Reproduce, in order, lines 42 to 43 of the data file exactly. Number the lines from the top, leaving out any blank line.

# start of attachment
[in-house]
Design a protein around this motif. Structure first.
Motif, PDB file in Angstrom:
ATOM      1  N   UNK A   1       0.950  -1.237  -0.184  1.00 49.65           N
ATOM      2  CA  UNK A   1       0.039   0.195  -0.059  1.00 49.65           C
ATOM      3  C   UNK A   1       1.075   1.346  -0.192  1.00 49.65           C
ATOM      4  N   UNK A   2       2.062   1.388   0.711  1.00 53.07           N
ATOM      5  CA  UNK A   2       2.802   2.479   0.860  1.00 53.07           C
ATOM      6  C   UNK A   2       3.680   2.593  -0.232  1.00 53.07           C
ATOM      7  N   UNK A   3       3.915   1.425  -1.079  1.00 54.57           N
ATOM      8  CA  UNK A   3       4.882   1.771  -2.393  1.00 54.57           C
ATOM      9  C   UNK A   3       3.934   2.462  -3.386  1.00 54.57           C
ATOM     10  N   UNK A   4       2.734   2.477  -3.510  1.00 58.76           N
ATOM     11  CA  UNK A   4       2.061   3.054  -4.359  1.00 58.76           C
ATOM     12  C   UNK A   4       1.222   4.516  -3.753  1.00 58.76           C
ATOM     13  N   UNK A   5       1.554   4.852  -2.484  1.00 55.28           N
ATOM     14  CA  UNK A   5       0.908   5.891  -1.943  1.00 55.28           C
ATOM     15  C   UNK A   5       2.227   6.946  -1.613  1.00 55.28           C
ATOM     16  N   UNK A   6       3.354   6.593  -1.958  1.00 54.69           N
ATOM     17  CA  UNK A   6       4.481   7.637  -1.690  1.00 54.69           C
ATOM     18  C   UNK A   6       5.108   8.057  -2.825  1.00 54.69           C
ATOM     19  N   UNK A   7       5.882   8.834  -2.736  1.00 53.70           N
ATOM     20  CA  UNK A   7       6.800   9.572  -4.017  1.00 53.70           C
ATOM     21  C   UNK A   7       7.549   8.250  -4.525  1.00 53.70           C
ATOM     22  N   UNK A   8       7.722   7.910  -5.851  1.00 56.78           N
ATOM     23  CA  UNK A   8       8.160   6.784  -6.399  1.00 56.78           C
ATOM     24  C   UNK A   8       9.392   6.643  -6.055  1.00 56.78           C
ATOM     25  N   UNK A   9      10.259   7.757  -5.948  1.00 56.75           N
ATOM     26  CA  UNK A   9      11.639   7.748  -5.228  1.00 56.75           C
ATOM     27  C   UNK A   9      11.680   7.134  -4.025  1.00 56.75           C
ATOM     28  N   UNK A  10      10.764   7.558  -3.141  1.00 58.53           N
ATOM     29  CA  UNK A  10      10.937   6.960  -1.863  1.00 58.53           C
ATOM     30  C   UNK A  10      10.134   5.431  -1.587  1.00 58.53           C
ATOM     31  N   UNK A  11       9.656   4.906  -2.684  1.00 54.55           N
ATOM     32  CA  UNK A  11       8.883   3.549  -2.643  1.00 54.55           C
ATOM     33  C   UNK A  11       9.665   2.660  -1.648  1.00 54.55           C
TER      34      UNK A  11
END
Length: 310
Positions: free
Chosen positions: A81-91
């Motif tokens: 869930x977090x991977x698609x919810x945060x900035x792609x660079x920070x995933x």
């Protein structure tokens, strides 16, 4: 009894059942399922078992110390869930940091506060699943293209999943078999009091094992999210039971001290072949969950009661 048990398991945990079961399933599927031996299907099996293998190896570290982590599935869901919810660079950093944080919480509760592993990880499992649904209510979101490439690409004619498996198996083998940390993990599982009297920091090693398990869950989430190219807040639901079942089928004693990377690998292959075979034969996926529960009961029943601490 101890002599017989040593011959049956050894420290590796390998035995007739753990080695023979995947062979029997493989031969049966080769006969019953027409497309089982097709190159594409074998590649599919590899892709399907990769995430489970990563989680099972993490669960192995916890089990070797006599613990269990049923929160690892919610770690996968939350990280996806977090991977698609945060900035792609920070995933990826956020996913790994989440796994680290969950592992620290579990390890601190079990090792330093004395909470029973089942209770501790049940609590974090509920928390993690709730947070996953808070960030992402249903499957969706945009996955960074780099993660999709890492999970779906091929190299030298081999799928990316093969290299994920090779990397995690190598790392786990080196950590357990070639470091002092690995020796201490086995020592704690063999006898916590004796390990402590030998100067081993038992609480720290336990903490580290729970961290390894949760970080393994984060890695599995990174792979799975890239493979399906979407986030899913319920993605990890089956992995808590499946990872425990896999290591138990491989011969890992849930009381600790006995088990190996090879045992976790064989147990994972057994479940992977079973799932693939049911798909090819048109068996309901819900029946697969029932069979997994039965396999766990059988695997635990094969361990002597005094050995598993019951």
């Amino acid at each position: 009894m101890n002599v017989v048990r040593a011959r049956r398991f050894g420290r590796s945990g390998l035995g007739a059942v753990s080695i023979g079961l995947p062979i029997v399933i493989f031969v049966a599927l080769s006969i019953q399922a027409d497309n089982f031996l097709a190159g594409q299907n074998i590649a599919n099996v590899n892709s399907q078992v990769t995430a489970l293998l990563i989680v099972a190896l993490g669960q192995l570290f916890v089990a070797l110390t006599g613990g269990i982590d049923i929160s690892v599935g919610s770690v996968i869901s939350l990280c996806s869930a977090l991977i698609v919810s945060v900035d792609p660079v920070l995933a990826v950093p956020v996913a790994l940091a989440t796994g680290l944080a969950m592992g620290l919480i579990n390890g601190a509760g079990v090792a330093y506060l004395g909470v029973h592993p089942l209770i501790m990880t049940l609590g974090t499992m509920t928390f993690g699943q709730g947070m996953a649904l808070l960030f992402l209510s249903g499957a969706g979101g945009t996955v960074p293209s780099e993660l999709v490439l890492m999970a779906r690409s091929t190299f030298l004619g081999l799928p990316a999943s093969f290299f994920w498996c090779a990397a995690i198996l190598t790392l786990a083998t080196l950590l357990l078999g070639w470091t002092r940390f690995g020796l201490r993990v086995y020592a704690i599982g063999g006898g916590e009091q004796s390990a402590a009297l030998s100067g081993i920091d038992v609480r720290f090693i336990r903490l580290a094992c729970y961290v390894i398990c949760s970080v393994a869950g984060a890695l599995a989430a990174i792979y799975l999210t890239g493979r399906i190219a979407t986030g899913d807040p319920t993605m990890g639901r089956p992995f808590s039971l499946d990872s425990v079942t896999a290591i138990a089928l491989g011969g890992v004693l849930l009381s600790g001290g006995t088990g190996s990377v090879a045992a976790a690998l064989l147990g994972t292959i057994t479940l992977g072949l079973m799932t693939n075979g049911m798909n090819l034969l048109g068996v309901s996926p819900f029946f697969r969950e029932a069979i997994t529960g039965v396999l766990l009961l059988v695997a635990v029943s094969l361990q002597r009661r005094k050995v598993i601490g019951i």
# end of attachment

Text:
């Motif tokens: 869930x977090x991977x698609x919810x945060x900035x792609x660079x920070x995933x």
């Protein structure tokens, strides 16, 4: 009894059942399922078992110390869930940091506060699943293209999943078999009091094992999210039971001290072949969950009661 048990398991945990079961399933599927031996299907099996293998190896570290982590599935869901919810660079950093944080919480509760592993990880499992649904209510979101490439690409004619498996198996083998940390993990599982009297920091090693398990869950989430190219807040639901079942089928004693990377690998292959075979034969996926529960009961029943601490 101890002599017989040593011959049956050894420290590796390998035995007739753990080695023979995947062979029997493989031969049966080769006969019953027409497309089982097709190159594409074998590649599919590899892709399907990769995430489970990563989680099972993490669960192995916890089990070797006599613990269990049923929160690892919610770690996968939350990280996806977090991977698609945060900035792609920070995933990826956020996913790994989440796994680290969950592992620290579990390890601190079990090792330093004395909470029973089942209770501790049940609590974090509920928390993690709730947070996953808070960030992402249903499957969706945009996955960074780099993660999709890492999970779906091929190299030298081999799928990316093969290299994920090779990397995690190598790392786990080196950590357990070639470091002092690995020796201490086995020592704690063999006898916590004796390990402590030998100067081993038992609480720290336990903490580290729970961290390894949760970080393994984060890695599995990174792979799975890239493979399906979407986030899913319920993605990890089956992995808590499946990872425990896999290591138990491989011969890992849930009381600790006995088990190996090879045992976790064989147990994972057994479940992977079973799932693939049911798909090819048109068996309901819900029946697969029932069979997994039965396999766990059988695997635990094969361990002597005094050995598993019951």